24 Jun / Acting it out can help kids break through the cycles of social oppression
A recent study revealed that nearly half of people between the ages of 13 and 22 have experienced online harassment. Of those surveyed, one-third did nothing when they saw someone else being bullied. It’s an issue the members of the historically Latino Pregones Theater in the South Bronx, New York, saw in their community. So they wrote a play about it—and not just any play. They used a tradition of avant-garde theater to make sure that audience members leave better prepared to take action when they see cyber-bullying take place in their lives. The play is part of a program called “Pregones Emotions,” a blend of traditional theater, improv, and audience participation that the group started performing with local middle schools in 2006.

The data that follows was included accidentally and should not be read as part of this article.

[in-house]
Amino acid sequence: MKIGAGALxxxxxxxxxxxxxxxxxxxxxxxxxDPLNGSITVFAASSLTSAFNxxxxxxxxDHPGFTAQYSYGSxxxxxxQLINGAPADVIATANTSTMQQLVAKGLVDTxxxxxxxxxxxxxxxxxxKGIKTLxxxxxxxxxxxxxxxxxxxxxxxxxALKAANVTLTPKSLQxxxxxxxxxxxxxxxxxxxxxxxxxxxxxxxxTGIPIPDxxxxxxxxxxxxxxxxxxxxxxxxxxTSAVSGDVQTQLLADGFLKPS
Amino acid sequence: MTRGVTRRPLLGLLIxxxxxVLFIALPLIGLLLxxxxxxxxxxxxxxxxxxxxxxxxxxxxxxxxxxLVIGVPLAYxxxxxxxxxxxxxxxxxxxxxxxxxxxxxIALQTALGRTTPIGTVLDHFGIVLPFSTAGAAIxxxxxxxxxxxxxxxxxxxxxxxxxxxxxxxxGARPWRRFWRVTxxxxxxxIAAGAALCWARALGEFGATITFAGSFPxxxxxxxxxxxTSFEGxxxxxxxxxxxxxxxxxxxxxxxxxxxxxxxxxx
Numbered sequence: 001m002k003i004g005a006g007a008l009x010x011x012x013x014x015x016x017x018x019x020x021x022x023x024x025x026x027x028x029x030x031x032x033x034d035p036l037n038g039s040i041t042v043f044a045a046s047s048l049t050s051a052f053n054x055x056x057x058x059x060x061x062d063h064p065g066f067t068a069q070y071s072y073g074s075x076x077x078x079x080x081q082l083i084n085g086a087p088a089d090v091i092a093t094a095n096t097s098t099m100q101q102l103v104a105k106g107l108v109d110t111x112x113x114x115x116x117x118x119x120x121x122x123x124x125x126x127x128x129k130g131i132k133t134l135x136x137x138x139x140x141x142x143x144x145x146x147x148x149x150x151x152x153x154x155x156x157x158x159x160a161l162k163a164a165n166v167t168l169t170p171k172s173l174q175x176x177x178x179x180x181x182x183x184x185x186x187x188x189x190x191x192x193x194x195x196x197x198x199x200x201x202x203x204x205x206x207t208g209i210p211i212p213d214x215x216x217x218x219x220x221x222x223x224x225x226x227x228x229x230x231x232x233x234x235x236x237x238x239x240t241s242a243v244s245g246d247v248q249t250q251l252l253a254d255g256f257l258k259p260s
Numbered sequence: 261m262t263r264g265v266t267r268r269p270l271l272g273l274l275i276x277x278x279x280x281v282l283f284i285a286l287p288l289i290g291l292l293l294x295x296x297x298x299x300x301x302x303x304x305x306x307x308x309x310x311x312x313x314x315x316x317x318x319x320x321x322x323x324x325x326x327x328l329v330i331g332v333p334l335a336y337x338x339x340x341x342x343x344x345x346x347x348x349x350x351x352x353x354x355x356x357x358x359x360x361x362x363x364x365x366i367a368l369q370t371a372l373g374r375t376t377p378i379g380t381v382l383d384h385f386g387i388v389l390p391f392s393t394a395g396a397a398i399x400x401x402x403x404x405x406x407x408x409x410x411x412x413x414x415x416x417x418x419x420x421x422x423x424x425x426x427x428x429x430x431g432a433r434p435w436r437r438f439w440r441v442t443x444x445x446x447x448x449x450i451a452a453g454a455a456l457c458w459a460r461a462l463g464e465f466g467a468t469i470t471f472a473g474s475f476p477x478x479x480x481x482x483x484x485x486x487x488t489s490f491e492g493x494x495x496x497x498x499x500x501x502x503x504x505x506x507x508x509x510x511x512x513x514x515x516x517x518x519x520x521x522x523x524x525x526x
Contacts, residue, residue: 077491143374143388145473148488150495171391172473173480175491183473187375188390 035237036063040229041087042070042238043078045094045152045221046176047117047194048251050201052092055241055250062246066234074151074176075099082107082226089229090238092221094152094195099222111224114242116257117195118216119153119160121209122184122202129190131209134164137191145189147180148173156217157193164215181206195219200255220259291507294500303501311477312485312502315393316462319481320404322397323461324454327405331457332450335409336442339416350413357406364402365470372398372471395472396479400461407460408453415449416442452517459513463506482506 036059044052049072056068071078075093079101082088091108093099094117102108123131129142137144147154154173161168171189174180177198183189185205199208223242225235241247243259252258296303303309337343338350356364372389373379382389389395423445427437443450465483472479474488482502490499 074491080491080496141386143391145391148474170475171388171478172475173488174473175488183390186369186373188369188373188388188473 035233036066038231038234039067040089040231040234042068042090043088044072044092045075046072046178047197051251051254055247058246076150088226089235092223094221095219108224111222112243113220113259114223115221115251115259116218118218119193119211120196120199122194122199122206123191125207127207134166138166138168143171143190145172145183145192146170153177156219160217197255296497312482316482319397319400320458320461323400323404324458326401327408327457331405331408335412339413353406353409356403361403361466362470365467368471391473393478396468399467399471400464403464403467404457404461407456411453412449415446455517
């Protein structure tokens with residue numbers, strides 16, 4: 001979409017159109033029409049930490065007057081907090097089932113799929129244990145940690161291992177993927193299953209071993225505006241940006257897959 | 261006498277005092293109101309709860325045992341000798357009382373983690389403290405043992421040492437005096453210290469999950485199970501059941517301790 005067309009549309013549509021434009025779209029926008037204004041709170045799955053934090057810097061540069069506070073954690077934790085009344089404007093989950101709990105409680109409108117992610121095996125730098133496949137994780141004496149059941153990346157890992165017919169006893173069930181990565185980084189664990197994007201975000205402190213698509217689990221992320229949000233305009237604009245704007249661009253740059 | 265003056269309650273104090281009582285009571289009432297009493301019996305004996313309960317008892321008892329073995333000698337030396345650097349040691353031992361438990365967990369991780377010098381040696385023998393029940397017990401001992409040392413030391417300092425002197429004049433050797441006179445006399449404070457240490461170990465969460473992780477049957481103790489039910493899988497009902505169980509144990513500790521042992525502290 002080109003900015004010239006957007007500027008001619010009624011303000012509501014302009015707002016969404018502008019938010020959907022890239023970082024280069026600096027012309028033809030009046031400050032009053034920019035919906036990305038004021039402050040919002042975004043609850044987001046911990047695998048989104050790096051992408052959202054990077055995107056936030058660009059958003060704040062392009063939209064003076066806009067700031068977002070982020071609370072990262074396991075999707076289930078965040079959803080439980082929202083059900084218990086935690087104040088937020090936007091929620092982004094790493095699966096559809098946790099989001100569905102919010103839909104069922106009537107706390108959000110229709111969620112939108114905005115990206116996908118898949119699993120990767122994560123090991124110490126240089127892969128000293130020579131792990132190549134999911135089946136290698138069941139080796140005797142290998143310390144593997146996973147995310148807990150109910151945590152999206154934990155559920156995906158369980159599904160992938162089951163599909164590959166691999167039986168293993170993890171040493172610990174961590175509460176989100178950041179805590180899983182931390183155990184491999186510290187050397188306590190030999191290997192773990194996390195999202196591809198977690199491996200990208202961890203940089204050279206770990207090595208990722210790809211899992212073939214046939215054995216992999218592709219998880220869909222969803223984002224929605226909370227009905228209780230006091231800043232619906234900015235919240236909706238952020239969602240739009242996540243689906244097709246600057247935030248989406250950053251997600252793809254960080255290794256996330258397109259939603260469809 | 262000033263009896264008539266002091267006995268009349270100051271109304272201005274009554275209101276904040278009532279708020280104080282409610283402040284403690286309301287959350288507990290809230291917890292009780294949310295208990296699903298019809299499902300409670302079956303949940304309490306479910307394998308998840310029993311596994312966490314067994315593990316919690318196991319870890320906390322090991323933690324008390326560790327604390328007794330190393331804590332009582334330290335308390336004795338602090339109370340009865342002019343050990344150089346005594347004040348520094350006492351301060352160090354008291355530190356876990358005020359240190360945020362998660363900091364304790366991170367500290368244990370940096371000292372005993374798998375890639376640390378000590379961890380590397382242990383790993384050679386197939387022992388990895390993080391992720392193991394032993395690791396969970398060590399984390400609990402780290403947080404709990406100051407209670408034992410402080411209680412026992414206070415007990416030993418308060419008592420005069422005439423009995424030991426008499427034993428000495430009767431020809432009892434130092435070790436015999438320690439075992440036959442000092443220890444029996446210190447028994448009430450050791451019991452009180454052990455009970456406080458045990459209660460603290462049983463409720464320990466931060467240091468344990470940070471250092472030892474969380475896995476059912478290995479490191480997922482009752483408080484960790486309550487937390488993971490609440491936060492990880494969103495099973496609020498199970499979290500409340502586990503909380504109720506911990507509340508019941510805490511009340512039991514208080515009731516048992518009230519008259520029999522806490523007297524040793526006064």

Jorge Merced, the associate artistic director of Pregones, says the program gives kids an opportunity to talk about issues they struggle with and teaches them they have the power to change some of those situations. This style of community theater was inspired by the Brazilian director and writer Augusto Boal, who founded the Theatre of the Oppressed, a set of interactive performance techniques designed to maximize the impact of theatrical work in creating social change.
“One of the things that Boal said to us is the methodology he was trying to put forth is really a rehearsal for action,” said Merced. “The aim is not to find an ideal solution, but to come up with new ways of solving problems as a community, and understanding that you’re not alone in that.”
To read the full interview about Pregones Emotions Theatre, click HERE
SOURCE: YES! MAGAZINE
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